Sharlto Copley talks about how he builds his over the top character in Blomkamp's 'Elysium'
When Sharlto Copley was shooting "The A-Team," there were rumors I heard several people repeat about dailies really upsetting some of the execs at Fox because they had no idea what they were looking at. Sharlto Copley's performance had them allegedly terrified and they weren't sure any of it would cut together. I don't really believe the exaggerated lengths that the stories then went on to describe, but I can imagine that the first time he made a film for someone besides Neill Blomkamp, it must have been a major attitude adjustment.
After all, he and Blomkamp are friends first, guys who share this particular world view, this perspective that is shaped by where they came from, and that absolutely affects how you work with someone. When Blomkamp talks to Alice Braga or Matt Damon, I'm sure he's good at conveying what it is he has in mind, but when he's directing "Sharl," as he calls him, that's a whole different level of communication.
I ran my interview the other day with Matt Damon where he was talking enthusiastically about working with Copley and about how amazing his work in "District 9" was from a performance point-of-view. I don't think I fully grasped how much character work he was doing in that film until I rewatched it recently. Now I can see all the little details, all the choices he made in building that character, and I can appreciate them in light of seeing how he approaches the mad dog soldier of fortune he's playing in "Elysium."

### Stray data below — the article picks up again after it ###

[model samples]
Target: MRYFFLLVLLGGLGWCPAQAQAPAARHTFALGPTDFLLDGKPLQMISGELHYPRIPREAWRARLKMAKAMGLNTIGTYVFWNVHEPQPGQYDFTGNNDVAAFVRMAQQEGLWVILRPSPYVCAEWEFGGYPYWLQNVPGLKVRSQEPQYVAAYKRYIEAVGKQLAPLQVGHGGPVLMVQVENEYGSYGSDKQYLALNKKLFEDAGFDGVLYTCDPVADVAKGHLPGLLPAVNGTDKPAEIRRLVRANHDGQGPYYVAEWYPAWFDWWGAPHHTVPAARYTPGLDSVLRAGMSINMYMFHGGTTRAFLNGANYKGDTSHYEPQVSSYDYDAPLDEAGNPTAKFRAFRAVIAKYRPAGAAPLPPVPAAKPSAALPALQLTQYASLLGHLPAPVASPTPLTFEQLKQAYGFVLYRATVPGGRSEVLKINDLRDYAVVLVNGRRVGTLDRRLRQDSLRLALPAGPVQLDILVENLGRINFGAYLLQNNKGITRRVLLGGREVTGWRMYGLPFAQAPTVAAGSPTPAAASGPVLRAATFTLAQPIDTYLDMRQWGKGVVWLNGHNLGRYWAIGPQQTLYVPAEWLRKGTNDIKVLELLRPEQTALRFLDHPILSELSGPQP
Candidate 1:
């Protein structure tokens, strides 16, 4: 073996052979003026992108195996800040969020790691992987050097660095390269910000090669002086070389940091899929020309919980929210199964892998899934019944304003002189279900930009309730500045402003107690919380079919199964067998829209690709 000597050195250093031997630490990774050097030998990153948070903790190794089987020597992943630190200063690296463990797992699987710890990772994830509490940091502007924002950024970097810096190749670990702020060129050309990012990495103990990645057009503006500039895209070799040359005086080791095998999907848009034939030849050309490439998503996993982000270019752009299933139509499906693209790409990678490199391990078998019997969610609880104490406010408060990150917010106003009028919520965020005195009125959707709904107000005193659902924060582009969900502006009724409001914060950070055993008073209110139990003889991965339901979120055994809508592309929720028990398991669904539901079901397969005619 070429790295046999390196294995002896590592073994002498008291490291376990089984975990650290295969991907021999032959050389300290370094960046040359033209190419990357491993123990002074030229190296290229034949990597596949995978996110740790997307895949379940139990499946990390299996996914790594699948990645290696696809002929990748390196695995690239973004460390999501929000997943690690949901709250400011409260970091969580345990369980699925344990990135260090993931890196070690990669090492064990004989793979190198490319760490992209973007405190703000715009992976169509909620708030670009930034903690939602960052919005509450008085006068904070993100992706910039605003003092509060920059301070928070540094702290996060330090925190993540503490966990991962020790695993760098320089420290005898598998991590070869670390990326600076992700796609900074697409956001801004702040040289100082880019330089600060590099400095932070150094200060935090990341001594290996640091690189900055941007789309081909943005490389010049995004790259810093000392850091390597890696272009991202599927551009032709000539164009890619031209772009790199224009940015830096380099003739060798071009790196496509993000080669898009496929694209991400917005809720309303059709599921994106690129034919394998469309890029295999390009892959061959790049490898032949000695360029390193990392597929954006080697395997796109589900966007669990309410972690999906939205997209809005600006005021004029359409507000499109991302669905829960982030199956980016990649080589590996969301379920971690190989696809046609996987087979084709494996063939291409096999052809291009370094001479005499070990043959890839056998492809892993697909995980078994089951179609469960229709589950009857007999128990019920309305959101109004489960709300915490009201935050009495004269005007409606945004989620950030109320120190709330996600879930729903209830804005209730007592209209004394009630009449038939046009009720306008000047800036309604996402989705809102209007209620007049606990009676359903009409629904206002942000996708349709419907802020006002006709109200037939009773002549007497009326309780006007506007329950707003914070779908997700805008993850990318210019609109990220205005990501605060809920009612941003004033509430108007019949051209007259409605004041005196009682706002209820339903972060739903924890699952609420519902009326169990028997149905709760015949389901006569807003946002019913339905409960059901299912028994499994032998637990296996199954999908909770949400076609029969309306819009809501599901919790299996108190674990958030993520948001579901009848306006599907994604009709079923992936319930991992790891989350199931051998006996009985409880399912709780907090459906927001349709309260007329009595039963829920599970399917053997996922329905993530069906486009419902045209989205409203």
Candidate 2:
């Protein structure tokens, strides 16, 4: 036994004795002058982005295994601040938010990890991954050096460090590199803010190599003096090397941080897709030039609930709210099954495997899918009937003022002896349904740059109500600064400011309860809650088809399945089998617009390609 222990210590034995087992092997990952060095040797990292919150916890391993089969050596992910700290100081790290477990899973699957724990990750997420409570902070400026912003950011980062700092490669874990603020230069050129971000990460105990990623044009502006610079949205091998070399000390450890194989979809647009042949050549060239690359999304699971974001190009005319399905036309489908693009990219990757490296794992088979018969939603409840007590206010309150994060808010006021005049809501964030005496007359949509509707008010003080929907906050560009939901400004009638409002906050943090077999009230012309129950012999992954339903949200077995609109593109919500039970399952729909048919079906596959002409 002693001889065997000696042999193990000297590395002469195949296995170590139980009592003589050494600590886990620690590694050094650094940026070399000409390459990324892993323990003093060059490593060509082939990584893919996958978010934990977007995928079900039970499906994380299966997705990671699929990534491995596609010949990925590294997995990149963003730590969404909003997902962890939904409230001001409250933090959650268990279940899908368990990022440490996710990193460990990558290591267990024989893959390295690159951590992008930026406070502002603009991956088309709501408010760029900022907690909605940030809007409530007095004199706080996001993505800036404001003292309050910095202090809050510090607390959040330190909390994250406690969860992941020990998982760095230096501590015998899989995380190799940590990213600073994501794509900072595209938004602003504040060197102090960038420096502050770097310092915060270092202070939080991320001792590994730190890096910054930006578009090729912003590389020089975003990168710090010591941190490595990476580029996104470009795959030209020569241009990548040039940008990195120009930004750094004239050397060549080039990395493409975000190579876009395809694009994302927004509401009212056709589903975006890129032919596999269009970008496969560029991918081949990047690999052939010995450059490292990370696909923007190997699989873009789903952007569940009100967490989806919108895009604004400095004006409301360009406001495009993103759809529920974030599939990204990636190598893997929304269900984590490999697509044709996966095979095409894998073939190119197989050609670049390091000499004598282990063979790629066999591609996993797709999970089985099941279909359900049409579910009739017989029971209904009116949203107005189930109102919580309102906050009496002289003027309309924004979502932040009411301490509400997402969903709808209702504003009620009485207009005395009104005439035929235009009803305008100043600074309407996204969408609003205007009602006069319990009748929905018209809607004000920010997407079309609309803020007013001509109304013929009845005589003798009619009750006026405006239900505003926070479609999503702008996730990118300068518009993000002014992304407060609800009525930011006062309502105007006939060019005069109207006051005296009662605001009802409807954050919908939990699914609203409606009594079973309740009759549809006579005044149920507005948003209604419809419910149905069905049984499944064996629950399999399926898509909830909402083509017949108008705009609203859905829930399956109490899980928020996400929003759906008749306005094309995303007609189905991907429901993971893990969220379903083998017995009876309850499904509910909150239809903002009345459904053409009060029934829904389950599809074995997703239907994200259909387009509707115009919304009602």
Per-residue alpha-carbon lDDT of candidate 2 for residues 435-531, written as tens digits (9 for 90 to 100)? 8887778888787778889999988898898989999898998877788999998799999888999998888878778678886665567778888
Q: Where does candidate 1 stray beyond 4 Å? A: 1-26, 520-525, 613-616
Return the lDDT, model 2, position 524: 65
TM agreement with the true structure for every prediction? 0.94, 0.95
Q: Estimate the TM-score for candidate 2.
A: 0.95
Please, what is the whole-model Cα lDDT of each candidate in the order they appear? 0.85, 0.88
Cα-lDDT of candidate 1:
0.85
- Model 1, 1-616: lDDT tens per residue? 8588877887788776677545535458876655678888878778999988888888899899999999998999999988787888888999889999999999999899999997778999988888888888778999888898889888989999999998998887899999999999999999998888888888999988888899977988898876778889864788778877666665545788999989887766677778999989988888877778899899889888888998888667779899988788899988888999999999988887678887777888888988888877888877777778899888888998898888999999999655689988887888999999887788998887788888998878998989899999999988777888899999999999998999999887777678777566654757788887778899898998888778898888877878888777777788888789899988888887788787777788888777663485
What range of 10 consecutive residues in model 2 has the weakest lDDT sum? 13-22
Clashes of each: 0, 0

It's been interesting tonight watching some very hostile reactions to the film showing up on Twitter. I've resigned myself to the idea that 2013 is the summer of division, the first season I can remember where there's no consensus at all, and I think it's pretty clear that Blomkamp likes big performances, actors who really go all in on something. Jodie Foster's work seems to be the line in the sand for some people. Like with "After Earth," there's some really bold accent work going on, where they're using the way people talk to suggest some of the societal shifts that have taken place, and Foster really goes for it.
Again, if you look at Copley in both "District 9" and this, he's the canary in the coalmine, the bar by which you can measure just how far Blomkamp is willing to let you go as an actor. I enjoyed this chat with him, and I look forward to checking out "Europa Report" this weekend, which I hear is another strong bit of work from this great, eccentric performer.
"Elysium" is in theaters now.